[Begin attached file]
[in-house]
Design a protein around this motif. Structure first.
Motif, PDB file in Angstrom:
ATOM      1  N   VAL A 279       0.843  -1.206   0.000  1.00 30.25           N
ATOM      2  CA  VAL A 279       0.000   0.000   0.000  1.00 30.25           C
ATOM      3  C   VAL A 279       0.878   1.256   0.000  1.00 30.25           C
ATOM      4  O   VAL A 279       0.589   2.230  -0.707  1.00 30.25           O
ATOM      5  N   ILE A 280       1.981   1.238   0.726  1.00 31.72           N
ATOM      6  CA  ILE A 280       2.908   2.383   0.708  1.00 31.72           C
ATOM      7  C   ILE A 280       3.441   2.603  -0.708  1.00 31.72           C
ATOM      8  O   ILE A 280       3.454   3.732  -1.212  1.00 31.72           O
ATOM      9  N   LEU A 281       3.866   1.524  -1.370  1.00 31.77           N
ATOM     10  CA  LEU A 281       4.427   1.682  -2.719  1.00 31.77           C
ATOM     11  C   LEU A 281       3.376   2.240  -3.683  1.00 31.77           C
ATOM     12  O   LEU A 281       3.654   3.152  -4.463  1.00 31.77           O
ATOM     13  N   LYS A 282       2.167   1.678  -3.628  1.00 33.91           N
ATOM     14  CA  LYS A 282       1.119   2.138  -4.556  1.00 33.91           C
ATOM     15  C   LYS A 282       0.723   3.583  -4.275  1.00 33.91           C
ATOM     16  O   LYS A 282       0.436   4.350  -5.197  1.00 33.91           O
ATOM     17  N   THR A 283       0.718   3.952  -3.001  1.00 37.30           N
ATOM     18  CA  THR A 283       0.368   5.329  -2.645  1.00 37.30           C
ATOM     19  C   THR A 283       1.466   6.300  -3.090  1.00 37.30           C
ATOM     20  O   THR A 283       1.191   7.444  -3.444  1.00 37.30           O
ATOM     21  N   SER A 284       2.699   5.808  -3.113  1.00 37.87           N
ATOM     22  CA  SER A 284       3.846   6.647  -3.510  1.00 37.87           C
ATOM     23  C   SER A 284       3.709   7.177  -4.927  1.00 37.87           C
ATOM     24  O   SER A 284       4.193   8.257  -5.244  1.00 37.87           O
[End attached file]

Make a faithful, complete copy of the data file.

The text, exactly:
[in-house]
Design a protein around this motif. Structure first.
Motif, PDB file in Angstrom:
ATOM      1  N   VAL A 279       0.843  -1.206   0.000  1.00 30.25           N
ATOM      2  CA  VAL A 279       0.000   0.000   0.000  1.00 30.25           C
ATOM      3  C   VAL A 279       0.878   1.256   0.000  1.00 30.25           C
ATOM      4  O   VAL A 279       0.589   2.230  -0.707  1.00 30.25           O
ATOM      5  N   ILE A 280       1.981   1.238   0.726  1.00 31.72           N
ATOM      6  CA  ILE A 280       2.908   2.383   0.708  1.00 31.72           C
ATOM      7  C   ILE A 280       3.441   2.603  -0.708  1.00 31.72           C
ATOM      8  O   ILE A 280       3.454   3.732  -1.212  1.00 31.72           O
ATOM      9  N   LEU A 281       3.866   1.524  -1.370  1.00 31.77           N
ATOM     10  CA  LEU A 281       4.427   1.682  -2.719  1.00 31.77           C
ATOM     11  C   LEU A 281       3.376   2.240  -3.683  1.00 31.77           C
ATOM     12  O   LEU A 281       3.654   3.152  -4.463  1.00 31.77           O
ATOM     13  N   LYS A 282       2.167   1.678  -3.628  1.00 33.91           N
ATOM     14  CA  LYS A 282       1.119   2.138  -4.556  1.00 33.91           C
ATOM     15  C   LYS A 282       0.723   3.583  -4.275  1.00 33.91           C
ATOM     16  O   LYS A 282       0.436   4.350  -5.197  1.00 33.91           O
ATOM     17  N   THR A 283       0.718   3.952  -3.001  1.00 37.30           N
ATOM     18  CA  THR A 283       0.368   5.329  -2.645  1.00 37.30           C
ATOM     19  C   THR A 283       1.466   6.300  -3.090  1.00 37.30           C
ATOM     20  O   THR A 283       1.191   7.444  -3.444  1.00 37.30           O
ATOM     21  N   SER A 284       2.699   5.808  -3.113  1.00 37.87           N
ATOM     22  CA  SER A 284       3.846   6.647  -3.510  1.00 37.87           C
ATOM     23  C   SER A 284       3.709   7.177  -4.927  1.00 37.87           C
ATOM     24  O   SER A 284       4.193   8.257  -5.244  1.00 37.87           O